Then there are the assets which Ross has divested. As of Nov. 1, a filing with the Office of Government Ethics shows he has completed his divestiture as required in his ethics agreement. However, he has submitted no documentation (pursuant to a “periodic disclosure form”) that would document sales of his enormous stock portfolio. So what happened to assets worth as much as $2 billion?
Forbes noticed the discrepancy as well. In an Oct. 16 article, Forbes reported: “Between the November election and January inauguration, he had quietly moved a chunk of assets into trusts for his family members, leaving more than $2 billion off of his financial disclosure report — and therefore out of the public eye. Ross revealed the existence of those assets, and the timing of the transfer, when Forbes asked why his financial disclosure form listed fewer assets than he had previously told the magazine he owned.” If Ross transferred these assets to a revocable trust — as President Trump did with his assets — it’s not divestiture at all. He’ll get them back and benefit from any increase in value. And that alarmed a group of Democratic senators. Sens. Tammy Baldwin (D-Wis.), Maggie Hassan (D-N.H.), Tammy Duckworth (D-Ill.), Blumenthal and Cantwell wrote a letter to the Office of Government Ethics. OGE said it would ask the Commerce Department. The Commerce Department has not responded to my inquiry about this or to inquiries about Navigator, Diamond S and potential conflicts of interest.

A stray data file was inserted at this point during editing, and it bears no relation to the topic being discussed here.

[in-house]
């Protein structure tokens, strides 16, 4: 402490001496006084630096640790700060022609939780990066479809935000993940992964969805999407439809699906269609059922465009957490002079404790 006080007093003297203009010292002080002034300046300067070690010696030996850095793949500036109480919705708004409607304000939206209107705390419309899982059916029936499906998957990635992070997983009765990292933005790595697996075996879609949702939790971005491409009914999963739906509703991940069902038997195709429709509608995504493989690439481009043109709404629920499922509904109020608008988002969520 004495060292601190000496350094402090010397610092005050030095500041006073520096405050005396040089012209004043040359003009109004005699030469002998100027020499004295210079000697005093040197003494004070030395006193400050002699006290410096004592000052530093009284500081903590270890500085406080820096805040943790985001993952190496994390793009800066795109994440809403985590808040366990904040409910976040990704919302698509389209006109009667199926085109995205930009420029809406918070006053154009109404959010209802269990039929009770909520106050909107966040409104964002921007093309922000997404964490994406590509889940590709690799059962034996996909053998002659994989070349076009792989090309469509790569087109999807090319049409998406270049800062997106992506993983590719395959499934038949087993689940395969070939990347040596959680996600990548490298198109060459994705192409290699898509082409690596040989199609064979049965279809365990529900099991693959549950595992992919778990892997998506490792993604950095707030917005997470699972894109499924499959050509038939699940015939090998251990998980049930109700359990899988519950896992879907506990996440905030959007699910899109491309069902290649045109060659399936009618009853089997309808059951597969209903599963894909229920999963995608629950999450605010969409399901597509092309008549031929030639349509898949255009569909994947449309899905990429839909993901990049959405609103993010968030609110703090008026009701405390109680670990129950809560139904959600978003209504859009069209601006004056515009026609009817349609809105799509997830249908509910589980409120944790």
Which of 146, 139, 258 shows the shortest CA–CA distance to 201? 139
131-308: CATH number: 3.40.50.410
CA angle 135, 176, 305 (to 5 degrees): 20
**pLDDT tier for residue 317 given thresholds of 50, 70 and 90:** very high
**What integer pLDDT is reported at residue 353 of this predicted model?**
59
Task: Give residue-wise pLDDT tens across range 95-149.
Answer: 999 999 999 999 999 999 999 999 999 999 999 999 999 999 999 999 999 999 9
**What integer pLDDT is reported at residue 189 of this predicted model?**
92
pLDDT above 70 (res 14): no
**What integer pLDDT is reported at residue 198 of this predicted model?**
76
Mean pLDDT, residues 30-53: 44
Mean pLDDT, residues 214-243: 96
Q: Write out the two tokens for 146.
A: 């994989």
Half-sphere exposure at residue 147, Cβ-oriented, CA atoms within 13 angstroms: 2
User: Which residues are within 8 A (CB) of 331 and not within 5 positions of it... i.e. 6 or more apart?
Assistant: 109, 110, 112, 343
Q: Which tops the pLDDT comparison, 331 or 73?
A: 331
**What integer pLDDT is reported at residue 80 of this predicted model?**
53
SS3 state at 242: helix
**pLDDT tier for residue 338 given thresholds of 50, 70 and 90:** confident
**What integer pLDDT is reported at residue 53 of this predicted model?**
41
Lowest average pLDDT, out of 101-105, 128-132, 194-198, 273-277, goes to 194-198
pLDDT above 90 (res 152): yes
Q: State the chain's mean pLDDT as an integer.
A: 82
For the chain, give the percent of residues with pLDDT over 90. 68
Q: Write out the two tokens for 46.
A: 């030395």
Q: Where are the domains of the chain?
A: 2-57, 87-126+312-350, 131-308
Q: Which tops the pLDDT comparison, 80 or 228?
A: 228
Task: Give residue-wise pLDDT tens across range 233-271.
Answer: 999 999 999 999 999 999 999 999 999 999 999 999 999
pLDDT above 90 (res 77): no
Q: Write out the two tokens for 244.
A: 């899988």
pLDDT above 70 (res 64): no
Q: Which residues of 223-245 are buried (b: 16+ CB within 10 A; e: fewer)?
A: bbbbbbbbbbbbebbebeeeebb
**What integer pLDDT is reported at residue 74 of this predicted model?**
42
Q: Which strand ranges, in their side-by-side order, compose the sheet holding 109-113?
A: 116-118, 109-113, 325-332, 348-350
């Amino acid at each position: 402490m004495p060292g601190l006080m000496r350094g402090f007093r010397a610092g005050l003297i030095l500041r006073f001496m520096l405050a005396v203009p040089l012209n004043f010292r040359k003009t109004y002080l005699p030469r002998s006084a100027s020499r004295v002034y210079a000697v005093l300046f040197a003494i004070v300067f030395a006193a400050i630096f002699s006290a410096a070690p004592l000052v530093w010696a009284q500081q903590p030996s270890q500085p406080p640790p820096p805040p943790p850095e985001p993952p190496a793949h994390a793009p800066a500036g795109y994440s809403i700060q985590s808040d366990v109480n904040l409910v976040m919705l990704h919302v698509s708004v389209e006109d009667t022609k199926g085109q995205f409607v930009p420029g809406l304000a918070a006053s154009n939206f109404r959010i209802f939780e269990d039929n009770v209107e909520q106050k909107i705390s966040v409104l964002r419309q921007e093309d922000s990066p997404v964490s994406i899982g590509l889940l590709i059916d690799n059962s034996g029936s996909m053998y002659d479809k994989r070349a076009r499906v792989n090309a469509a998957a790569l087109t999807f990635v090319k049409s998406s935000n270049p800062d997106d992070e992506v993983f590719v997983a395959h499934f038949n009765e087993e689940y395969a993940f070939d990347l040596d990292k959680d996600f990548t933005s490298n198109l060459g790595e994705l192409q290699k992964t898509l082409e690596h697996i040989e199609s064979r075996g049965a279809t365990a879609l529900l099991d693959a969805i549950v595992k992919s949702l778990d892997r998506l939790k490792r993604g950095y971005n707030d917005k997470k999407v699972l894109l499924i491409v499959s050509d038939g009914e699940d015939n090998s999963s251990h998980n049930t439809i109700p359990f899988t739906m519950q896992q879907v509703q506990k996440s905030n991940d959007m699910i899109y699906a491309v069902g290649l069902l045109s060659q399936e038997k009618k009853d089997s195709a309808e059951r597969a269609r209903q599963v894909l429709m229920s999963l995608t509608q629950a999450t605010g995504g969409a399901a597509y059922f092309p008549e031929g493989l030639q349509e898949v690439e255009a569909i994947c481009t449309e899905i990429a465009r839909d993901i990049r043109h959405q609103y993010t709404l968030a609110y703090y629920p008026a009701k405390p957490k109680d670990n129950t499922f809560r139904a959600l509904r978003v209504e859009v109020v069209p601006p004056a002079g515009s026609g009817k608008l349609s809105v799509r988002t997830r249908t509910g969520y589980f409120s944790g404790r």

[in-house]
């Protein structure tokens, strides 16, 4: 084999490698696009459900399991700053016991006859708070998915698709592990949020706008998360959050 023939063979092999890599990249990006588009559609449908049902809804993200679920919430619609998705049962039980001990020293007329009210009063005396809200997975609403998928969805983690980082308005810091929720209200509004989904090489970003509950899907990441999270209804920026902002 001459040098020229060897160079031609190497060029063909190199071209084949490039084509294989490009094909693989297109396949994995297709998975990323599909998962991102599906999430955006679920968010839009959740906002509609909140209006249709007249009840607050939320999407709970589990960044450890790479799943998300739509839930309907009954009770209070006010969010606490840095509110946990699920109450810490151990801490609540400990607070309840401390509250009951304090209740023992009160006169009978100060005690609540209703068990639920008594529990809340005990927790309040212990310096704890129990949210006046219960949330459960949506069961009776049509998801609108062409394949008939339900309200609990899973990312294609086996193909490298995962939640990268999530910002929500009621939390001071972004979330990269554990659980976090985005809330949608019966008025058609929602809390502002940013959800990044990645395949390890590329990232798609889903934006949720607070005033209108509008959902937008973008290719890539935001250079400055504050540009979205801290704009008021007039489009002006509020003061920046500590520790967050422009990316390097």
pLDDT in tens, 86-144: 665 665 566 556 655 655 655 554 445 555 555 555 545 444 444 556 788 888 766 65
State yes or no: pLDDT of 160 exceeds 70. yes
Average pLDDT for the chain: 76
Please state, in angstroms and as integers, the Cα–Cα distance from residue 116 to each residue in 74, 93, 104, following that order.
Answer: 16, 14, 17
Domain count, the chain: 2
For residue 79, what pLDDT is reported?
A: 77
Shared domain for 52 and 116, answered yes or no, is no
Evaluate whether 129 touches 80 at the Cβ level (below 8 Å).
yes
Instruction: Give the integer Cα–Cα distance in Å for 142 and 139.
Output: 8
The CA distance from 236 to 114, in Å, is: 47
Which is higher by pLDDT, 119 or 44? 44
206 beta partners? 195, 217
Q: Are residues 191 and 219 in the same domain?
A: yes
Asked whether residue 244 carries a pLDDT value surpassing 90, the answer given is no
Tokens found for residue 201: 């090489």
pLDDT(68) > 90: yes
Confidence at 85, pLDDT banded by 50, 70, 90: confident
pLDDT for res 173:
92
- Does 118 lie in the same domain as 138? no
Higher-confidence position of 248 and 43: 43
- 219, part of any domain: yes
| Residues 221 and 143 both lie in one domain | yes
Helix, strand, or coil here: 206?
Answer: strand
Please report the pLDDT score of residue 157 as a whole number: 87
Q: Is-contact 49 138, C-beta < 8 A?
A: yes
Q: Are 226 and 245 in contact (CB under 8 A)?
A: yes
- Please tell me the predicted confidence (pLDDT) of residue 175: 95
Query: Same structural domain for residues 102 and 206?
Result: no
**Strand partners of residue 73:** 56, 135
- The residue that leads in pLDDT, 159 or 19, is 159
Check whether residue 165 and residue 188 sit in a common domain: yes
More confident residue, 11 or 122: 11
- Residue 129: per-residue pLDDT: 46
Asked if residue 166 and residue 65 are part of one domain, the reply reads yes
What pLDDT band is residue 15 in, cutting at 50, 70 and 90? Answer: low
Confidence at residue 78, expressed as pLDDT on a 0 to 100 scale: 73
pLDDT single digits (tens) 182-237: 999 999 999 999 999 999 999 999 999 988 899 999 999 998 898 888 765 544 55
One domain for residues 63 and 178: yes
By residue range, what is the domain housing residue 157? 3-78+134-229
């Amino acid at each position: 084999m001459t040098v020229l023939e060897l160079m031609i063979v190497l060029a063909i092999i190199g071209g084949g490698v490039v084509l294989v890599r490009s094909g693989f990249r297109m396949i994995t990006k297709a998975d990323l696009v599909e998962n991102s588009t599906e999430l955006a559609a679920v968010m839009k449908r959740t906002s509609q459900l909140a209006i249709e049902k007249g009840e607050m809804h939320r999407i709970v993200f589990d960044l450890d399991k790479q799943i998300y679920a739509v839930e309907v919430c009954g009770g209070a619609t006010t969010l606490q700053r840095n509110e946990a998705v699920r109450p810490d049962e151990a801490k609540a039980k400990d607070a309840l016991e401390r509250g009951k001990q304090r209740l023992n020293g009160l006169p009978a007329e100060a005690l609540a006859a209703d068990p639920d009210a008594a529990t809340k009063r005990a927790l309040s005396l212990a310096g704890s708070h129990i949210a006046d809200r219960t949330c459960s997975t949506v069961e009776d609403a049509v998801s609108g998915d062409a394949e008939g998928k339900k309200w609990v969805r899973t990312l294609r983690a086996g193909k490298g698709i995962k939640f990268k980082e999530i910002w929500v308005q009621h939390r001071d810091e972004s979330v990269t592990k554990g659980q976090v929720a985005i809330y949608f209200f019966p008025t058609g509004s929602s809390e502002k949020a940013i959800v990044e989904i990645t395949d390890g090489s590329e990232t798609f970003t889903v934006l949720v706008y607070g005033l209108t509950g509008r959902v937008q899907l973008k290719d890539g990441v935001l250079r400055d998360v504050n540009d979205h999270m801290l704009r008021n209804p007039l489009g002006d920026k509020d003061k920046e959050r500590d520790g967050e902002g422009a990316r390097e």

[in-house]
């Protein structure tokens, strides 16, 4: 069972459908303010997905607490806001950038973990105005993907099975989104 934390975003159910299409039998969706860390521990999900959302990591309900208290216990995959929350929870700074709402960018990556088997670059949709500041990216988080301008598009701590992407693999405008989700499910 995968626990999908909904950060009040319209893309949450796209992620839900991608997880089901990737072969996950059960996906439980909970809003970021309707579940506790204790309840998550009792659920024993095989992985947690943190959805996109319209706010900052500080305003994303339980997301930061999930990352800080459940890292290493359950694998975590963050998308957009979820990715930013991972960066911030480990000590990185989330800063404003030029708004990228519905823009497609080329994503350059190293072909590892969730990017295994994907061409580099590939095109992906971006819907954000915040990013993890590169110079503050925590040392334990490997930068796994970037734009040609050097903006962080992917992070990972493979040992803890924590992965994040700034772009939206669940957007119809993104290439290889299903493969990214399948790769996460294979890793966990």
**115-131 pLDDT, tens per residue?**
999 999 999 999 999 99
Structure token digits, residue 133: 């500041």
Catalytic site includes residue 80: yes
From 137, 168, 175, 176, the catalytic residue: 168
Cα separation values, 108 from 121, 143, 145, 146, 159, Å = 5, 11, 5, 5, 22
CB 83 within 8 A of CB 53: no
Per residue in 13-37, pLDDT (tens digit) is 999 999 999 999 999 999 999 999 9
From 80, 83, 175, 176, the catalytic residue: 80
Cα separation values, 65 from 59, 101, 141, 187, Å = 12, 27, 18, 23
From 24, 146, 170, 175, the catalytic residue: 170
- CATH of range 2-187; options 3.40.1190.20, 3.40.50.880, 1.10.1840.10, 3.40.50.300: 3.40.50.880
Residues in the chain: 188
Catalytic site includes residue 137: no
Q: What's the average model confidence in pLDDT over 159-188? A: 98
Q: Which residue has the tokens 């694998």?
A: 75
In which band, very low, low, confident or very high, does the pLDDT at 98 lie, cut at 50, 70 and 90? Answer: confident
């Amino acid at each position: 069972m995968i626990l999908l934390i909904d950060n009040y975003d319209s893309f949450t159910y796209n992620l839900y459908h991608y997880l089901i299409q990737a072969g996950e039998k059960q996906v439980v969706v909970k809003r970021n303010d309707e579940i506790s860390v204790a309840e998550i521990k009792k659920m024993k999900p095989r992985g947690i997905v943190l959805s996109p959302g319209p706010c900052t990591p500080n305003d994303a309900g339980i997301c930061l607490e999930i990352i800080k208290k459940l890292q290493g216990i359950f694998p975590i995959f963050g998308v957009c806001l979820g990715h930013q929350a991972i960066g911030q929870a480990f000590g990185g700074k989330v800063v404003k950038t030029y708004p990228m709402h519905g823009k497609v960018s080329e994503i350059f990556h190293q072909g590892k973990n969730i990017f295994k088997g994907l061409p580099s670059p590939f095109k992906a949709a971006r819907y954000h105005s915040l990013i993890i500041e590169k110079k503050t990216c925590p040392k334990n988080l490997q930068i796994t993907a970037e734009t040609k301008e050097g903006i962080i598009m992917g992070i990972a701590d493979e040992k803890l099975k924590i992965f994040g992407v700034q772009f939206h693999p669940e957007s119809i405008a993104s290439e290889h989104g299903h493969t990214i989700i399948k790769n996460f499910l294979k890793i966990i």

Finally, to top it off, Politico reports:
A top adviser to Commerce Secretary Wilbur Ross served on the board of Navigator Holdings, a shipping company whose clients include a Russian energy company with Kremlin ties, while she was working in the Trump administration.
Wendy Teramoto retained her seat on Navigator’s board after joining Commerce in mid-March as a part-time adviser to Ross, one of the most influential voices in President Donald Trump’s ear on global trade and economic policy. She also continued to serve as an executive of Ross’s private equity firm WL Ross & Co. after becoming a government employee.
Teramoto did not seem concerned about the appearance of conflicts of interest. (“Along with Ross, Teramoto attended President Donald Trump’s meeting with Chinese President Xi Jinping at the president’s Mar-a-Lago resort in early April, according to one of the government employees, who was familiar with the guest list. By mid-April, Teramoto was trading emails with officials at Commerce, Treasury, the National Security Council, and the U.S. Trade Representative.”)